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Dailey v. Davis

Supreme Court of Delaware

February 28, 2014

JOSEPH L. DAILEY, JR.,[1] Respondent Below-Appellant,
CASSIE L. DAVIS, Petitioner Below-Appellee

Submitted January 17, 2014.

Case Closed March 21, 2014.

Editorial Note:

This decision has been designated as "Table of Decisions Without Published Opinions." in the Atlantic Reporter.

Court Below--Family Court of the State of Delaware, in and for New Castle County. File No. CK01-10658. Pet. No. 12-41199.

Before HOLLAND, JACOBS, and RIDGELY, Justices.


Henry duPont Ridgely Justice.


This 28th day of February 2014, upon consideration of the parties' briefs and the record below, it appears to the Court that:

(1) The appellant, Joseph Dailey (" Husband" ), filed this appeal from a Family Court decision dated April 26, 2013, which found him in contempt of a prior Family Court order dated July 19, 2012. The Court finds no merit to Husband's appeal. Accordingly, we affirm the Family Court's judgment.

(2) On July 19, 2012, the Family Court held a hearing on matters ancillary to the parties' divorce. Husband did not file his financial information or appear at the hearing. Ultimately, the Family Court ordered Husband to pay $800 per month in alimony to the appellee Cassie Davis (" Wife" ) for a period of five years and six months, which was half the length of their marriage. Neither party appealed that order.

(3) On December 27, 2012, Wife filed a motion seeking to hold Husband in contempt of the July 2012 ancillary order. The Family Court held a hearing on April 26, 2013. Both parties appeared and testified. The testimony reflected that Husband had been employed with Colonial Parking since August 2012. His notarized financial report, which was filed in April 2013, failed to identify Colonial Parking as his employer. The Family Court found that, since its alimony order, Husband had paid Wife only $400 in alimony. The Family Court thus concluded that Husband was $6800 in arrears. Husband was ordered to pay the arrears in four equal payments of $1700 over a ten-month period. If Husband failed to make any one of the $1700 payments by its scheduled due date, then the Family Court held that Husband would be incarcerated until he paid the $1700 installment. Husband now appeals the contempt ruling.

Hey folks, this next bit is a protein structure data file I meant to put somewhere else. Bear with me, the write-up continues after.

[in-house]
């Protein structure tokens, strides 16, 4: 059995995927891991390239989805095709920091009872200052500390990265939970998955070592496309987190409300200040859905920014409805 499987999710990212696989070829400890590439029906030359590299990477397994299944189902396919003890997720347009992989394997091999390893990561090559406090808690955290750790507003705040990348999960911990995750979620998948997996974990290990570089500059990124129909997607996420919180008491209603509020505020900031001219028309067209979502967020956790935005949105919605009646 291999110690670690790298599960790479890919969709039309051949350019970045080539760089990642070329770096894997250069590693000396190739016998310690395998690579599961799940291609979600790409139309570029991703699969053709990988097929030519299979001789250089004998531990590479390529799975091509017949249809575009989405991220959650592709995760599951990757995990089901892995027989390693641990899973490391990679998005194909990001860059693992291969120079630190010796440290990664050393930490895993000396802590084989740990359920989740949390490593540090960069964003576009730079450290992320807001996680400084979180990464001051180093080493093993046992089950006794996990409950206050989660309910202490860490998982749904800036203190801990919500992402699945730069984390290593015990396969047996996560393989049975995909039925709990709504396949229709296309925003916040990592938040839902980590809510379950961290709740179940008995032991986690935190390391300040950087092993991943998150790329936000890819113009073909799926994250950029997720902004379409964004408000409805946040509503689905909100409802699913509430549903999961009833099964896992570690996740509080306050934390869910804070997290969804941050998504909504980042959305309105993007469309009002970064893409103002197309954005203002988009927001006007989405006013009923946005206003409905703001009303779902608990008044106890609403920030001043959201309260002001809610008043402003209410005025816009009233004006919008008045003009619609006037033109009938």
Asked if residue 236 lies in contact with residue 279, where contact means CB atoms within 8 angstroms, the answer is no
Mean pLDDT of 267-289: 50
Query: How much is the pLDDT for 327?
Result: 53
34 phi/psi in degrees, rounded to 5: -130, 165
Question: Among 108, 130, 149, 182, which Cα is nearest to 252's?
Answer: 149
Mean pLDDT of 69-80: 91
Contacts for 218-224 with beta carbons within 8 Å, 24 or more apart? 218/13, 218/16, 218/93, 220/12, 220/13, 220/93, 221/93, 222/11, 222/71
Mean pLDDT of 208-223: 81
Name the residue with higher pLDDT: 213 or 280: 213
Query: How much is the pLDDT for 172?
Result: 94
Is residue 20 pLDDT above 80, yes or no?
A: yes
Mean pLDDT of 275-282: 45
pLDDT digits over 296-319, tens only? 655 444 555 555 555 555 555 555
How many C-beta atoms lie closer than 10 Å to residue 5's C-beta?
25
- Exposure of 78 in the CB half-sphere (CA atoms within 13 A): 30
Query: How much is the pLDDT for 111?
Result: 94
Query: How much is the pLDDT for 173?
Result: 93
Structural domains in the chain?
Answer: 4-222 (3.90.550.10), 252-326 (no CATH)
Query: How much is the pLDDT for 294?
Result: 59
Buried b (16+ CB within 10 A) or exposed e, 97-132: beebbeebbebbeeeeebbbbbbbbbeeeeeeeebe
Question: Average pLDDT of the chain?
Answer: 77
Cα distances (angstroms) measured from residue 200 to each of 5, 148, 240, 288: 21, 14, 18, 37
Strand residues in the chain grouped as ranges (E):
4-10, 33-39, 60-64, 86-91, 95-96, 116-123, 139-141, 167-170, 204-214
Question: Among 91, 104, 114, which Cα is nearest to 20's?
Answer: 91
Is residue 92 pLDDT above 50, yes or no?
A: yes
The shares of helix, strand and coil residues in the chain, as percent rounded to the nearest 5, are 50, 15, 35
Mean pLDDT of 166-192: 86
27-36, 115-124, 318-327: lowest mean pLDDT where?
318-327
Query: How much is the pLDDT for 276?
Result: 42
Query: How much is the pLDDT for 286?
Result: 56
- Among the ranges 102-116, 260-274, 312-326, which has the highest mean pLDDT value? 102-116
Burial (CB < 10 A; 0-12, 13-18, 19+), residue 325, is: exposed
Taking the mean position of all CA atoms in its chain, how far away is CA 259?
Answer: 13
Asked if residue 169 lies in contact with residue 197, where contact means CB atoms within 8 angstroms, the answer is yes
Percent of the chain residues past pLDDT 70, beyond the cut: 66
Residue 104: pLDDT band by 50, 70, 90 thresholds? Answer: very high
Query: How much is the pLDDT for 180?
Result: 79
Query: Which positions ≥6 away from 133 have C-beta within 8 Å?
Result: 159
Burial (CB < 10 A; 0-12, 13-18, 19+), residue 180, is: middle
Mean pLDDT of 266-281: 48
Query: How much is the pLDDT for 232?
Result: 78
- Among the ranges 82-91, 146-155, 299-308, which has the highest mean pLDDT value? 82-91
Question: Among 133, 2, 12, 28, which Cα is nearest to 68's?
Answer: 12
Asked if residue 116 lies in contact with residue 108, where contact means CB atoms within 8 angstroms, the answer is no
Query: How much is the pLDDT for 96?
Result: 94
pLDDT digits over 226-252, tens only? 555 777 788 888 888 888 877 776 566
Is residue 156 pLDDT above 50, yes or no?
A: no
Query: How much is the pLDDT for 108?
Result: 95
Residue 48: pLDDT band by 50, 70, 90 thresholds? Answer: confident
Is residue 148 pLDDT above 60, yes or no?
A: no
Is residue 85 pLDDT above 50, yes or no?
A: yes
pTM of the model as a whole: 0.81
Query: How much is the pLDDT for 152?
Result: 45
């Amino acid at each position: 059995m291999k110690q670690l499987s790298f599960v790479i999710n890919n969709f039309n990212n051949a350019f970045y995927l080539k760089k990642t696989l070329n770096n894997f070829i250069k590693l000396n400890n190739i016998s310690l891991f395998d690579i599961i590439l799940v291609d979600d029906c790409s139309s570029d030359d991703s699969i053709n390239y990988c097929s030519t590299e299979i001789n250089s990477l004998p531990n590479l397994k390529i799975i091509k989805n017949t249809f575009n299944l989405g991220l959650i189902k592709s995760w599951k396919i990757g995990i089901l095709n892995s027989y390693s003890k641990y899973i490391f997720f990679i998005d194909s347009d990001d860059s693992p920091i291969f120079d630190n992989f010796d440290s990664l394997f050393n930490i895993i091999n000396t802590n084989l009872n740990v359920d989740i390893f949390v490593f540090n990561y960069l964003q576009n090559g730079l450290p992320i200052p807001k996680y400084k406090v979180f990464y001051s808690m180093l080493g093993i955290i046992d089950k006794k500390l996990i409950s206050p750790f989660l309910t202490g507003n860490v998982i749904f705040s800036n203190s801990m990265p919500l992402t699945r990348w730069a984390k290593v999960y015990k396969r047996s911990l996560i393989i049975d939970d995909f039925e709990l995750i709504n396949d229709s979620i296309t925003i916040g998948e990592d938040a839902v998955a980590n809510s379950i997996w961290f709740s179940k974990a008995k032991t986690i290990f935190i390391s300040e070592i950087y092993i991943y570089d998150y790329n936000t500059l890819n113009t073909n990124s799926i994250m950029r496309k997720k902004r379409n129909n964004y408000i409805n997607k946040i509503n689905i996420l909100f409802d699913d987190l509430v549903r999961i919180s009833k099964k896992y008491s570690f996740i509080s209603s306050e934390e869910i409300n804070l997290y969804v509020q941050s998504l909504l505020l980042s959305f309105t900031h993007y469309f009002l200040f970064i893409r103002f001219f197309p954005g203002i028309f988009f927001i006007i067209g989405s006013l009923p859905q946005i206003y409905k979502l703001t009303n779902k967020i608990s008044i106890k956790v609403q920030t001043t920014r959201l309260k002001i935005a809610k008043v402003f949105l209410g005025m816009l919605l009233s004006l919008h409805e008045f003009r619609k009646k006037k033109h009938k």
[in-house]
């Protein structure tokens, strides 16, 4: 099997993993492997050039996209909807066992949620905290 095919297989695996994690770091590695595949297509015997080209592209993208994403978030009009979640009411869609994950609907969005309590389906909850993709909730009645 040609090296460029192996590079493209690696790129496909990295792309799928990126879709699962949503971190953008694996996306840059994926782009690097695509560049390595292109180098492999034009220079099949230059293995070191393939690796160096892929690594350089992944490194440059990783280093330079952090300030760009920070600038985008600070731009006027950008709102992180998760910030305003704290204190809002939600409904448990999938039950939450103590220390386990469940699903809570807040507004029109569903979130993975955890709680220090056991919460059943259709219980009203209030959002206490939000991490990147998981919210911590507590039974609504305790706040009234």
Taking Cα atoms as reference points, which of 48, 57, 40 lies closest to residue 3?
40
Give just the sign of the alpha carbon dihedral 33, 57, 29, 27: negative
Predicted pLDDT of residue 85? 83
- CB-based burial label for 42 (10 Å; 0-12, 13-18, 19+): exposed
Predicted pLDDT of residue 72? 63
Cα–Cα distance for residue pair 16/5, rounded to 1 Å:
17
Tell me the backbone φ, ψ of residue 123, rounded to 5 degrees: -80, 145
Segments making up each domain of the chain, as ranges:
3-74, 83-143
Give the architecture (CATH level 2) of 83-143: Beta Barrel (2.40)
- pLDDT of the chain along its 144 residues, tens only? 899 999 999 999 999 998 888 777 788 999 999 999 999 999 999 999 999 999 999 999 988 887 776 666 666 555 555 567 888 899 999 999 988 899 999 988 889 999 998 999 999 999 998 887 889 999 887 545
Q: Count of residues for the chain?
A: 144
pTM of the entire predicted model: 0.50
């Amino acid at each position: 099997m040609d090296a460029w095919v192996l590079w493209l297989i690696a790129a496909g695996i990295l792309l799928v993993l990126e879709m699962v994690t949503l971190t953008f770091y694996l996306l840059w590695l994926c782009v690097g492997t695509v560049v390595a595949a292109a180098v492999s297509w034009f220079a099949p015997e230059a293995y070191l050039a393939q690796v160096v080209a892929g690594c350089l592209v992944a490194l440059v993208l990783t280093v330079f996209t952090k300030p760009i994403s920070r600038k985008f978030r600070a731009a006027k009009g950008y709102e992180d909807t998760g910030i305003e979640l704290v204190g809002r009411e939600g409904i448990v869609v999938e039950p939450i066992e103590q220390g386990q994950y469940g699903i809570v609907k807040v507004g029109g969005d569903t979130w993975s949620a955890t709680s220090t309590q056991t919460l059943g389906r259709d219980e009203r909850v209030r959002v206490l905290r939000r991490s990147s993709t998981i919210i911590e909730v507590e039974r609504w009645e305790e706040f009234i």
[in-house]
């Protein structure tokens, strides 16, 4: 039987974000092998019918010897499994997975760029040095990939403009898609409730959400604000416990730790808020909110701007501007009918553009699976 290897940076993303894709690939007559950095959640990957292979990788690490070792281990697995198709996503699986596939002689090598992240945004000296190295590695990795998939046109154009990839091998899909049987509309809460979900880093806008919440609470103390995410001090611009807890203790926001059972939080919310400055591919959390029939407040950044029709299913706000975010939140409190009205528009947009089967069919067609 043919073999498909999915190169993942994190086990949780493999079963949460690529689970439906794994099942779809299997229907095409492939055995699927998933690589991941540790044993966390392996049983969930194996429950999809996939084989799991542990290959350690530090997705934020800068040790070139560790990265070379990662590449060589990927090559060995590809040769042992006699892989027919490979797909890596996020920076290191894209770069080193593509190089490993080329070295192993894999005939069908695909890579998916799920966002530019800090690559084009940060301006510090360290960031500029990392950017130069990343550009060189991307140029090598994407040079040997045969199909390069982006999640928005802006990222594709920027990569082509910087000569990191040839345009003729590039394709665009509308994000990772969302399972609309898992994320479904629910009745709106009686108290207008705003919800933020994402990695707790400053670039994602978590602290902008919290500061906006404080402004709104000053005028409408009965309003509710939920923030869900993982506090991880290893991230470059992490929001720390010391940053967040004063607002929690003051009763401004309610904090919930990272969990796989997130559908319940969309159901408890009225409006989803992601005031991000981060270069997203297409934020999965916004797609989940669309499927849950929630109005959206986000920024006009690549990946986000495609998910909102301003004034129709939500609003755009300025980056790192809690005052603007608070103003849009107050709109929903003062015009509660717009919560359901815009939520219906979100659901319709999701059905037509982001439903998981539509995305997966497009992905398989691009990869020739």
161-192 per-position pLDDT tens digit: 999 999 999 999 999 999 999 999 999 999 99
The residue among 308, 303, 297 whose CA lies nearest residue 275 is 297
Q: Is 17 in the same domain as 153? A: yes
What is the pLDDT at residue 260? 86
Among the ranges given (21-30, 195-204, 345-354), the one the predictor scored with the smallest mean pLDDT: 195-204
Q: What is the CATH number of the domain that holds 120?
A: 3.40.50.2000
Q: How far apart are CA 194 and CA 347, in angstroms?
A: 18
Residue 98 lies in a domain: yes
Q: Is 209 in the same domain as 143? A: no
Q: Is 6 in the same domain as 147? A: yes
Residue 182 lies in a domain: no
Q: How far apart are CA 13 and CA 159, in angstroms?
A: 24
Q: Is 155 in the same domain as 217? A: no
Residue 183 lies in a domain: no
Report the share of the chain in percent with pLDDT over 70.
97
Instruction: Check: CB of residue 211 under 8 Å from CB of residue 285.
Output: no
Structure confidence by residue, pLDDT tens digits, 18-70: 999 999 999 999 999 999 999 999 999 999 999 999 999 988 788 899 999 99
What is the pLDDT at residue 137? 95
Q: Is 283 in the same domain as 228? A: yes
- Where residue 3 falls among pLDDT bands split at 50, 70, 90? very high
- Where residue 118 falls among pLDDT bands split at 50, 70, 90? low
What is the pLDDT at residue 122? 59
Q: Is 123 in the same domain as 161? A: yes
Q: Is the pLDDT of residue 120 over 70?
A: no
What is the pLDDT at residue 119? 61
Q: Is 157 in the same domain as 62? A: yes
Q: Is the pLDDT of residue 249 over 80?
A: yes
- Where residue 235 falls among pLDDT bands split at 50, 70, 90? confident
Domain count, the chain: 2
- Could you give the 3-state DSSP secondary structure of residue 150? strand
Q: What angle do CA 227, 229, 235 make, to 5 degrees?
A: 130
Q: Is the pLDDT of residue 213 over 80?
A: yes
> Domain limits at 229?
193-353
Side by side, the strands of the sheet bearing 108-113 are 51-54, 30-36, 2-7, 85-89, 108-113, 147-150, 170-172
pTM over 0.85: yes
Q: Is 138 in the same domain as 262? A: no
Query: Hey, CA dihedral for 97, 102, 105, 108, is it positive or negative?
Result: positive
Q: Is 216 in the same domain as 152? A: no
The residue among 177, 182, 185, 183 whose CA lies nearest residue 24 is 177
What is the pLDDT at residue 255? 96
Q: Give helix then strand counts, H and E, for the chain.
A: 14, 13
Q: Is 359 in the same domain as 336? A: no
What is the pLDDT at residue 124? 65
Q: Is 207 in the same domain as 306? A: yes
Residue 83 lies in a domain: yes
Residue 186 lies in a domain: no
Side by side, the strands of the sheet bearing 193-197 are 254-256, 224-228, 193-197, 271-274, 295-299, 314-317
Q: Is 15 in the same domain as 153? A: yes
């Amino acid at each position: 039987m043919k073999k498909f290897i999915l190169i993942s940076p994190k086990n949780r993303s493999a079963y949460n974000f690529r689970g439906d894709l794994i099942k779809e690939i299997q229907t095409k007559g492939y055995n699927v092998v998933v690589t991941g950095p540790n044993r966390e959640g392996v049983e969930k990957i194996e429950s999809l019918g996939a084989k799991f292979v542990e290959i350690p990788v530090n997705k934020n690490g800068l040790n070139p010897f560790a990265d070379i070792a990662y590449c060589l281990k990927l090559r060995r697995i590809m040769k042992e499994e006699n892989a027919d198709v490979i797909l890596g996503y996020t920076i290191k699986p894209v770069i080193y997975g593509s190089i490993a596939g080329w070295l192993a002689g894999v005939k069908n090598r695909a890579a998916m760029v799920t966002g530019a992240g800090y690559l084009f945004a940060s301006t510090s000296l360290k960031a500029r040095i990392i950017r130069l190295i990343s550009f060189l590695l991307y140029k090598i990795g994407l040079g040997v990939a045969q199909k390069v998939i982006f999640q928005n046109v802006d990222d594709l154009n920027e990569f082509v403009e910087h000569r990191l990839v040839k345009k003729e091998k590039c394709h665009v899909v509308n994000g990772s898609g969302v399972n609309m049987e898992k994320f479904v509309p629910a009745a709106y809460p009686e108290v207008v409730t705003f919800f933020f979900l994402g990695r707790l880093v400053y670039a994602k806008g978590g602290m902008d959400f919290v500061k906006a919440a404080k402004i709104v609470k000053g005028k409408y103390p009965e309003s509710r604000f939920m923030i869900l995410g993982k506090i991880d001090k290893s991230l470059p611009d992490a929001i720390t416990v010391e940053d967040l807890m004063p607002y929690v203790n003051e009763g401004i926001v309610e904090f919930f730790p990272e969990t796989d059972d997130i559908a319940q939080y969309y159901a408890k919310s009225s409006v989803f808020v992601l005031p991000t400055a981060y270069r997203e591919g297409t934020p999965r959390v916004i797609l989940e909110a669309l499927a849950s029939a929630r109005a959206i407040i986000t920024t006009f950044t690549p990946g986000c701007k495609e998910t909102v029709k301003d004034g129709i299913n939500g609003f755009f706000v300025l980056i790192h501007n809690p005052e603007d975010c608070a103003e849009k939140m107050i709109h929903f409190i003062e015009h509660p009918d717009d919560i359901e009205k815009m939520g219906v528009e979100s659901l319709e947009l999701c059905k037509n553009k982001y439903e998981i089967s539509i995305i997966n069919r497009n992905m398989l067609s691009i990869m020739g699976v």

(4) Husband's opening brief on appeal essentially challenges the initial alimony order and takes issue with the credibility of Wife and the sufficiency of her evidence. Our standard of review of a decision of the Family Court extends to a review of the facts and law, as well as inferences and deductions made by the trial judge.[2] We have the duty to review the sufficiency of the evidence and to test the propriety of the findings.[3] When the determination of facts turns on the credibility of the witnesses who testified under oath before the trial judge, this Court will not substitute its opinion for that of the trial judge.[4]

(5) In this case, it is undisputed that the Family Court entered an alimony order in July 2012.[5] It also is undisputed that Husband failed to make sufficient alimony payments to Wife as of the date of the contempt hearing. Moreover, Husband's sworn financial report failed to include important employment information, which the Family Court found to be an attempt to commit a fraud. We will not substitute our opinion for the trial judge's with respect to the parties' credibility.[6] Under the circumstances, we find sufficient evidence to support the Family Court's finding of contempt and award of damages.

NOW, THEREFORE, IT IS ORDERED that the judgment of the Family Court is


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